In the wake of the 9/11, when the nation was absorbed in mourning and militancy, the L.A.-based collective Build An Ark came together as a pacifistic response to the attacks. Masterminded by producer and arranger Carlos Niño and virtuoso composer Miguel Atwood-Ferguson (whom some may recognize from their orchestral tribute to J Dilla or collaborations with Flying Lotus) as well as vocalist and composer Dwight Trible, the group has complied a richly diverse catalog of music meant to inspire positivity in its listeners over the past decade. On The Stars Are Singing Too, BAA celebrates its 10-year anniversary with a collection of remixes, alternate takes and live recordings.
Not to be confused as a “leftovers” record, The Stars Are Singing Too plays more like a gift from the group to fans in celebration of its achievements since the band formed in 2001. While not the most accessible entryway into the music, this record will likely prompt an investigation into BAA’s earlier work for those with cosmopolitan tastes in music. Opener “Love,” an elegant Atwood-Ferguson piano solo, is as welcome and warm as an old friend, but what follows is a worm-tunneling, continent-hopping excursion.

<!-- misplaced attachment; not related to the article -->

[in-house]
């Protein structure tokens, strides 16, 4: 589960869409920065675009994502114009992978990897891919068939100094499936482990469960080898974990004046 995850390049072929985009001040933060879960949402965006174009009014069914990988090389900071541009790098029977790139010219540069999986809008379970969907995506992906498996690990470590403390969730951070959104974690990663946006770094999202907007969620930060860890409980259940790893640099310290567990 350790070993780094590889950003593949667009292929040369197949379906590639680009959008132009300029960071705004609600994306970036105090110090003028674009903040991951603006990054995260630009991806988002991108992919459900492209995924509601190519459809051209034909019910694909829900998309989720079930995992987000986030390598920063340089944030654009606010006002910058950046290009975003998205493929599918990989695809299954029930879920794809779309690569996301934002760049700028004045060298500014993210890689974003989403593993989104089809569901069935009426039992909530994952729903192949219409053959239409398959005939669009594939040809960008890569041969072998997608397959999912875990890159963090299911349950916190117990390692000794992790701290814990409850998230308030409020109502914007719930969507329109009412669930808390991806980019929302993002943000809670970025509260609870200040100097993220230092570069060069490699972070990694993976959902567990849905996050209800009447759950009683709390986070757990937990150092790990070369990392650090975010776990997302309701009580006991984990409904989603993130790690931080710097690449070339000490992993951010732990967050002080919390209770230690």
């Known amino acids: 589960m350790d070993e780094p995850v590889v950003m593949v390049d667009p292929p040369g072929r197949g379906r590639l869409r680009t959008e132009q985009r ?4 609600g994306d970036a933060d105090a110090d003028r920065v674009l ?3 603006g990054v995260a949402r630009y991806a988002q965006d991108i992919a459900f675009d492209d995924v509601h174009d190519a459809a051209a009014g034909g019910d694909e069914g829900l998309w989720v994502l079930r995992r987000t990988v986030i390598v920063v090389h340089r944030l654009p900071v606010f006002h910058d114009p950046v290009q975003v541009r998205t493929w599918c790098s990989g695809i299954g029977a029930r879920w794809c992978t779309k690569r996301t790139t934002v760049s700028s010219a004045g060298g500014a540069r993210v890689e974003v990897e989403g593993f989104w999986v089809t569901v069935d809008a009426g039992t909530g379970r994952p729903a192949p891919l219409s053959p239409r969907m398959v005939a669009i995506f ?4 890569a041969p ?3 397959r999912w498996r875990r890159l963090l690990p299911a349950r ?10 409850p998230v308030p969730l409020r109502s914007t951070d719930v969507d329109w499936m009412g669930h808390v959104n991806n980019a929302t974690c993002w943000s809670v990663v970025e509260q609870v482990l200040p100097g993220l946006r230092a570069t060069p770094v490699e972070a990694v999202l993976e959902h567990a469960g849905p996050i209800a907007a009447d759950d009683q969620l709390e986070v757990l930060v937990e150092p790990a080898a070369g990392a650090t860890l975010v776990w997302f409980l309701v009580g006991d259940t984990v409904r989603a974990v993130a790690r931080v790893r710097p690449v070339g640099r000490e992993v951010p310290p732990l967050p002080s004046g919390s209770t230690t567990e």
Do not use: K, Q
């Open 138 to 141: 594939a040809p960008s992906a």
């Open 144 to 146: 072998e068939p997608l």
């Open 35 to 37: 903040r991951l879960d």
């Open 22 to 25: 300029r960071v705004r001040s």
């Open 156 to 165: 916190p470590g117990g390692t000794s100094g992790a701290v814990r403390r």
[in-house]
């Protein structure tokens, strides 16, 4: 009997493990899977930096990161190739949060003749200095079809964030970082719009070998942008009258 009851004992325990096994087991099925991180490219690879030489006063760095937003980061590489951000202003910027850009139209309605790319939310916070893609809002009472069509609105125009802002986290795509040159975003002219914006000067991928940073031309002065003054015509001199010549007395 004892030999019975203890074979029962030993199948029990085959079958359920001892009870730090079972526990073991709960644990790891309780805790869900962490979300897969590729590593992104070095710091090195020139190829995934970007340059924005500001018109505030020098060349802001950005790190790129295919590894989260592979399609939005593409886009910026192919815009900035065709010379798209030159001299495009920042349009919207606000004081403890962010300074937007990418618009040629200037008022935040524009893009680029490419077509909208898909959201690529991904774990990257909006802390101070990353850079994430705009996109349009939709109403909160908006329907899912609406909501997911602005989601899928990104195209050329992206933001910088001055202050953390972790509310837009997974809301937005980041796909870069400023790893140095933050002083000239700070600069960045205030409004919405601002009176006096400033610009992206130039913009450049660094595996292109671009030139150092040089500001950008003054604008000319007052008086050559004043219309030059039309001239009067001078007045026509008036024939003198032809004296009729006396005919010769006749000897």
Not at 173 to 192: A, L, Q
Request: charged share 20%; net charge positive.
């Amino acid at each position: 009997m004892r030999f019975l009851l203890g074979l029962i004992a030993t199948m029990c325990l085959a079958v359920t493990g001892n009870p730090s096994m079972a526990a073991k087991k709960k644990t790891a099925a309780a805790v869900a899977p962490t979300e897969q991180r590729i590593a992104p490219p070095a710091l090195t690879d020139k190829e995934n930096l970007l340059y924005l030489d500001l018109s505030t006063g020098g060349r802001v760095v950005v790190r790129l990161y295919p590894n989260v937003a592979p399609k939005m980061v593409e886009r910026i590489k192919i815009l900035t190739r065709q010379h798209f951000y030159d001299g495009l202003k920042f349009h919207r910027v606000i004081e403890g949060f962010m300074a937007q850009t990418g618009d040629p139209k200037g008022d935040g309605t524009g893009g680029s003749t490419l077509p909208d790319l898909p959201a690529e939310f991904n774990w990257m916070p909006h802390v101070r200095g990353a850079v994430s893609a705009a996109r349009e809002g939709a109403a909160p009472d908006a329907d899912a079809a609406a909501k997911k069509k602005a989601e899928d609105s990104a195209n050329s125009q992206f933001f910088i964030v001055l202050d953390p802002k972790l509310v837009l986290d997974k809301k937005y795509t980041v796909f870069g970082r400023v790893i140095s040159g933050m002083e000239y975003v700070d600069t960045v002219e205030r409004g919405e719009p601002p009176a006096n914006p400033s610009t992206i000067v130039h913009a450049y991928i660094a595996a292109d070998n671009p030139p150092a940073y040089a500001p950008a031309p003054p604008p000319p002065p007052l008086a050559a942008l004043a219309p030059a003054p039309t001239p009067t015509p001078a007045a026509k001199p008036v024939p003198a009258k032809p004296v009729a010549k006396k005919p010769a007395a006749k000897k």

Over the course of the 10 songs that follow, BAA explores, among other things: glitchy orchestral reconstructions (“Dimlite Remix”), free-flying improv (“Build An Ark Improvisation”), mantric chanting (“The Yes Song”), scat-speckled Latin jazz (“Peace And LOVE!”), Head Hunters-style jams (“Temple Jam”), atmospheric soundscapes (the DNTEL remix of the lush “Love, Sweet Like Sugar Cane”), a sitar solo (“Heal The Bay”) and a Van Morrison cover (the alternate take of “Sweet Thing”).
If there’s one constant throughout the cornucopia of styles, it’s the ensemble’s hallmark exuberant positive energy. Build An Ark keeps the good vibes on blast all the way through The Stars Are Singing Too, creating an anniversary record that feels as much like a world music lesson as a yoga class.